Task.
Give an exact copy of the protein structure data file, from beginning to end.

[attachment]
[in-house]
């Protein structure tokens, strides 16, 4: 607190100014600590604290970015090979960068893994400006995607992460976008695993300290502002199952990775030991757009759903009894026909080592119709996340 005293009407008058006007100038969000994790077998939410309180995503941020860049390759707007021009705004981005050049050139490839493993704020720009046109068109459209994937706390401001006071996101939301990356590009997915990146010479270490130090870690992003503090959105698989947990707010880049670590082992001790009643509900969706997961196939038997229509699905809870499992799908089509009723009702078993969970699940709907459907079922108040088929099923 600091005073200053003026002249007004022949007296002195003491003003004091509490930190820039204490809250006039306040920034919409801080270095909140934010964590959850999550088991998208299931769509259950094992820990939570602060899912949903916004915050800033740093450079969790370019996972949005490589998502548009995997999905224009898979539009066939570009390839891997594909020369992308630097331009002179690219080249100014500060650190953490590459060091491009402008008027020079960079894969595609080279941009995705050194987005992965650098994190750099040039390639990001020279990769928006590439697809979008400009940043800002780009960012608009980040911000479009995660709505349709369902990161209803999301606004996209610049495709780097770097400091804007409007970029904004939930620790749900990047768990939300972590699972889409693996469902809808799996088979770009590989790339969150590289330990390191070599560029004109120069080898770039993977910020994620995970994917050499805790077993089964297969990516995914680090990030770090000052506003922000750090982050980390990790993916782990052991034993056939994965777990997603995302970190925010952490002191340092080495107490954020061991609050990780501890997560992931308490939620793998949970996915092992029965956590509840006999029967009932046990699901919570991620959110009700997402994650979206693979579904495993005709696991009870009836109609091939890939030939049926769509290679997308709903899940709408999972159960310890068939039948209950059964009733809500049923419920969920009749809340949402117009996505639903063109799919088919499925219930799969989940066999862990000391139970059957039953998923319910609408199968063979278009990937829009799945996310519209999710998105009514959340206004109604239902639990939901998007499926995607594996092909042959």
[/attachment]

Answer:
[in-house]
């Protein structure tokens, strides 16, 4: 607190100014600590604290970015090979960068893994400006995607992460976008695993300290502002199952990775030991757009759903009894026909080592119709996340 005293009407008058006007100038969000994790077998939410309180995503941020860049390759707007021009705004981005050049050139490839493993704020720009046109068109459209994937706390401001006071996101939301990356590009997915990146010479270490130090870690992003503090959105698989947990707010880049670590082992001790009643509900969706997961196939038997229509699905809870499992799908089509009723009702078993969970699940709907459907079922108040088929099923 600091005073200053003026002249007004022949007296002195003491003003004091509490930190820039204490809250006039306040920034919409801080270095909140934010964590959850999550088991998208299931769509259950094992820990939570602060899912949903916004915050800033740093450079969790370019996972949005490589998502548009995997999905224009898979539009066939570009390839891997594909020369992308630097331009002179690219080249100014500060650190953490590459060091491009402008008027020079960079894969595609080279941009995705050194987005992965650098994190750099040039390639990001020279990769928006590439697809979008400009940043800002780009960012608009980040911000479009995660709505349709369902990161209803999301606004996209610049495709780097770097400091804007409007970029904004939930620790749900990047768990939300972590699972889409693996469902809808799996088979770009590989790339969150590289330990390191070599560029004109120069080898770039993977910020994620995970994917050499805790077993089964297969990516995914680090990030770090000052506003922000750090982050980390990790993916782990052991034993056939994965777990997603995302970190925010952490002191340092080495107490954020061991609050990780501890997560992931308490939620793998949970996915092992029965956590509840006999029967009932046990699901919570991620959110009700997402994650979206693979579904495993005709696991009870009836109609091939890939030939049926769509290679997308709903899940709408999972159960310890068939039948209950059964009733809500049923419920969920009749809340949402117009996505639903063109799919088919499925219930799969989940066999862990000391139970059957039953998923319910609408199968063979278009990937829009799945996310519209999710998105009514959340206004109604239902639990939901998007499926995607594996092909042959």